She recalls her grandmother’s regular reminders of how much their material situation had improved. “Every month my grandmother used to say, like a kind of mantra, ‘What an enormous amount of freedom we have gained’.” It says something of how quickly things changed that Jutta admitted finding it harder to appreciate these gains.
By this time, Vienna’s revolutionary moment of working class empowerment through material security had passed, with the post-war period bringing new problems of community participation and democratic accountability across Europe. In another context, Red Bologna emerged as a response to these changing conditions.
“Bologna la Rossa”
In 1968 Bologna’s Communist government took executive action to protect the city’s central square, the Piazza Maggiore, after it had gradually begun to be used as an informal car park.
Piazza Maggiore in 1968.
This decision encapsulates how socialism’s role had shifted in the fifty years since Vienna’s “Red” moment. Postwar redevelopment of industrialised cities advanced the interests of individual consumption at the increasing expense of public space. Progressives now shifted their concerns towards a creeping social alienation, epitomised in the atomising effects of the automobile.
The revival of a once bustling city square, through the introduction of fare-free buses in the city’s centre, is only one of countless interventions that put public involvement in political decision making at the centre of the PCI’s postwar project in Bologna.
Reflecting a conscious shift in the PCI away from the centralised model of its Soviet counterpart, and indeed that of Red Vienna, the process of “decentramento” in Bologna involved extending power to neighbourhood councils. These councils had the power to make demands of the legislature in such areas as education, health care, traffic policy, culture and the built environment (with particular concern for conservation of the city’s ancient architectural heritage).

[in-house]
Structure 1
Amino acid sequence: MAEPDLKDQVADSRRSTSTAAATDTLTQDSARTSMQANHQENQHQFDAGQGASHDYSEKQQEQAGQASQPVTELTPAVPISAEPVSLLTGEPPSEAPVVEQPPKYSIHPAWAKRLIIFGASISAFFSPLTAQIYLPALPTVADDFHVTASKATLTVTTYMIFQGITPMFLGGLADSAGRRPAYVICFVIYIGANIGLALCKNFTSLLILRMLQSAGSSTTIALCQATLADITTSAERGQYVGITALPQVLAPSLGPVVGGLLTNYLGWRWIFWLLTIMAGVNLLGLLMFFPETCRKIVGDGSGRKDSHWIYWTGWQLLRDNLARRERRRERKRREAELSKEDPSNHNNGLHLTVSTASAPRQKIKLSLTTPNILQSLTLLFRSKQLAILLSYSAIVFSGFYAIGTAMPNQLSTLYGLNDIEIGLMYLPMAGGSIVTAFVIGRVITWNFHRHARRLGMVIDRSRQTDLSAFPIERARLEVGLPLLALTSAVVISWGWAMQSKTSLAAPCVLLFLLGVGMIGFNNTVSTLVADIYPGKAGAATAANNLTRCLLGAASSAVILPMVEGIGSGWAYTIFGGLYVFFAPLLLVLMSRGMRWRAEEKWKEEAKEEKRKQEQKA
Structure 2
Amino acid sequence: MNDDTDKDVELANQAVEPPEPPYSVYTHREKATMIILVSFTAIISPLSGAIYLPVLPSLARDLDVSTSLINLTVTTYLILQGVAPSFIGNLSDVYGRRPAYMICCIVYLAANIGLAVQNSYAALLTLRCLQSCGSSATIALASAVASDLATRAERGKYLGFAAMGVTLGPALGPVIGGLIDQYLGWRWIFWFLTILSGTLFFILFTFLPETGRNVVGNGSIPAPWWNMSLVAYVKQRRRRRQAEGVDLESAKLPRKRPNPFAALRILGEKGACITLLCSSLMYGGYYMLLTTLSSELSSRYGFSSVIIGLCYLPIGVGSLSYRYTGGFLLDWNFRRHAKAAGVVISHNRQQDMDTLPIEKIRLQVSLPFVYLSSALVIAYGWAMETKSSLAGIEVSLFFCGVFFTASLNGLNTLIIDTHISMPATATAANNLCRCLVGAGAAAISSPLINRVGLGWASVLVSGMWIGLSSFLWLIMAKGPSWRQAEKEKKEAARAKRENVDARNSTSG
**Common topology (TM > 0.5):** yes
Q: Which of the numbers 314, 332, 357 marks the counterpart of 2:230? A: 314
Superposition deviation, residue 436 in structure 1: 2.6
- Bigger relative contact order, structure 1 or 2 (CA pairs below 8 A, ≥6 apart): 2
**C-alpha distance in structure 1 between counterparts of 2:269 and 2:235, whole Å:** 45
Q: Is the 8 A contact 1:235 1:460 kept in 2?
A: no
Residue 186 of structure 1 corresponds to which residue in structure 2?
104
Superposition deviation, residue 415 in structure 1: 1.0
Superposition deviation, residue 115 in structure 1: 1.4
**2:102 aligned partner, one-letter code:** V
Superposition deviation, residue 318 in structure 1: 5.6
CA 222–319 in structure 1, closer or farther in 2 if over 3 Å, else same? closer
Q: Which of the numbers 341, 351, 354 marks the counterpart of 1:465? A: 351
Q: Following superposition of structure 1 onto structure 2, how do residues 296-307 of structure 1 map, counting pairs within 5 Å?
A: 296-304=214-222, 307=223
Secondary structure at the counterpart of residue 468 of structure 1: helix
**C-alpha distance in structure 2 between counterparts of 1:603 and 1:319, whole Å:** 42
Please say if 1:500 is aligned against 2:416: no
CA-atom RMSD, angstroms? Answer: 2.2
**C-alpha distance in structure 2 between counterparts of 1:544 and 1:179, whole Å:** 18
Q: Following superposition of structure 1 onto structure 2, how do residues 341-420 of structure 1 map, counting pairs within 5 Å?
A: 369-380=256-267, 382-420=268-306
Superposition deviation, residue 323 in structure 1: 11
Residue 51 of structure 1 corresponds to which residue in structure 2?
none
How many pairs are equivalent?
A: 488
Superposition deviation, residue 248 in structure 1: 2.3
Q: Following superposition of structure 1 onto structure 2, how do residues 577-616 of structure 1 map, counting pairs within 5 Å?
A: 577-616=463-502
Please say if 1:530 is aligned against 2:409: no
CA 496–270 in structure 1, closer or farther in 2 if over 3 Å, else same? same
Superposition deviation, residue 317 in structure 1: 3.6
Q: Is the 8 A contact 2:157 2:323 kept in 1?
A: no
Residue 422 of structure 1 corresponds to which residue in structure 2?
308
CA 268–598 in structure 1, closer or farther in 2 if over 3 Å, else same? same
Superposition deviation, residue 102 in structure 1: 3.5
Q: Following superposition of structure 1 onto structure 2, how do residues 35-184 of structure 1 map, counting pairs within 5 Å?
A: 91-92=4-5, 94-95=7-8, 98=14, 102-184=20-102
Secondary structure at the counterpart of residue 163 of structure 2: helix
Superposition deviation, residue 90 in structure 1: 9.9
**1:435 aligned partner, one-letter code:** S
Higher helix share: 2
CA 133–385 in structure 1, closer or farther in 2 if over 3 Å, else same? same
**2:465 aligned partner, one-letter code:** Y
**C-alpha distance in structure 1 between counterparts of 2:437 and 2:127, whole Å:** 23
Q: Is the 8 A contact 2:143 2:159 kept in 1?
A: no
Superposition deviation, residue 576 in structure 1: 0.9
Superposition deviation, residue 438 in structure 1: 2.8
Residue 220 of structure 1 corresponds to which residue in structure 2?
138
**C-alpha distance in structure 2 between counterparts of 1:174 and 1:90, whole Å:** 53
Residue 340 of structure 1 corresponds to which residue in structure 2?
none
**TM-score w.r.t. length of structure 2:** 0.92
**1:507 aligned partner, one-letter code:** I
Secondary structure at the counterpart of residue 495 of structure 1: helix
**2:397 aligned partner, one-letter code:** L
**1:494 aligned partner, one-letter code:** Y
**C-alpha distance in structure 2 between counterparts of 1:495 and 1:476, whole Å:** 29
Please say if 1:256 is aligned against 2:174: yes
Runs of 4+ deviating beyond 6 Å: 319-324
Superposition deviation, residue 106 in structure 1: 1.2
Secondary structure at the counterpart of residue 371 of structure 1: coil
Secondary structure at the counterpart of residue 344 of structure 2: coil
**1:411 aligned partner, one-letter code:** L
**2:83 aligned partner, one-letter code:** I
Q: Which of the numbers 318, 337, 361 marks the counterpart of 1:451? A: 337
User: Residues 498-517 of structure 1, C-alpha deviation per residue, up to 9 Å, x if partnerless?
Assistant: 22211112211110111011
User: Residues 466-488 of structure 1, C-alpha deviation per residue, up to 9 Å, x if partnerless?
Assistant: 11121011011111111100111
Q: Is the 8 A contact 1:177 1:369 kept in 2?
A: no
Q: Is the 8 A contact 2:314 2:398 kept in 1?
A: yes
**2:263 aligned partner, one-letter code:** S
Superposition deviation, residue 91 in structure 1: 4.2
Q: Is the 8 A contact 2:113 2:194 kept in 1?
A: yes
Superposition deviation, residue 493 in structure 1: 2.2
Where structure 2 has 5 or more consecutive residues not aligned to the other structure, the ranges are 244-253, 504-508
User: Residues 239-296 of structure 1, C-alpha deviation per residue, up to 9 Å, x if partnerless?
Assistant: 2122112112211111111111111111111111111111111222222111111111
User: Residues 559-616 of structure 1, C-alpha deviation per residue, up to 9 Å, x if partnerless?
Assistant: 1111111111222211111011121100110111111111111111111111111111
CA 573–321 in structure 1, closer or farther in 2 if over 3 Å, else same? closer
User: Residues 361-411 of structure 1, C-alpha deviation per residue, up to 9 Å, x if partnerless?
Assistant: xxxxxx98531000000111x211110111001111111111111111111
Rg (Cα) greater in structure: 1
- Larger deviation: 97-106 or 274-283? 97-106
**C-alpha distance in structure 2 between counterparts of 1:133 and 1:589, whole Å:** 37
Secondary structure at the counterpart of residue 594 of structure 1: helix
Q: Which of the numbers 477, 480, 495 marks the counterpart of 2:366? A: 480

Piazza Maggiore today.
Stefano Bonaga, a political philosophy professor at the University of Bologna, summed up the spirit of the time with a play on the famous slogan of the American Revolution: “In Bologna, our demand was no representation without participation.” Prominently involved in Bolognese politics since his youth, Stefano reflected that the main aim of Red Bologna was empowerment: “It’s the responsibility of politics to give political dignity to the citizens.”
This sentiment neatly sums up the thread that runs through both periods. Socialist municipal control was called upon at different times to alleviate different problems. Yet both calls constituted a demand for collective empowerment against the dehumanising effects of a city life driven solely by the free market. It’s a demand which resonates to this day.
Charlie Clemoes has an in urban studies from UCL and is on the editorial staff of Failed Architecture.
Jake Soule is studying for a PhD at Duke University
All images courtesy of the authors.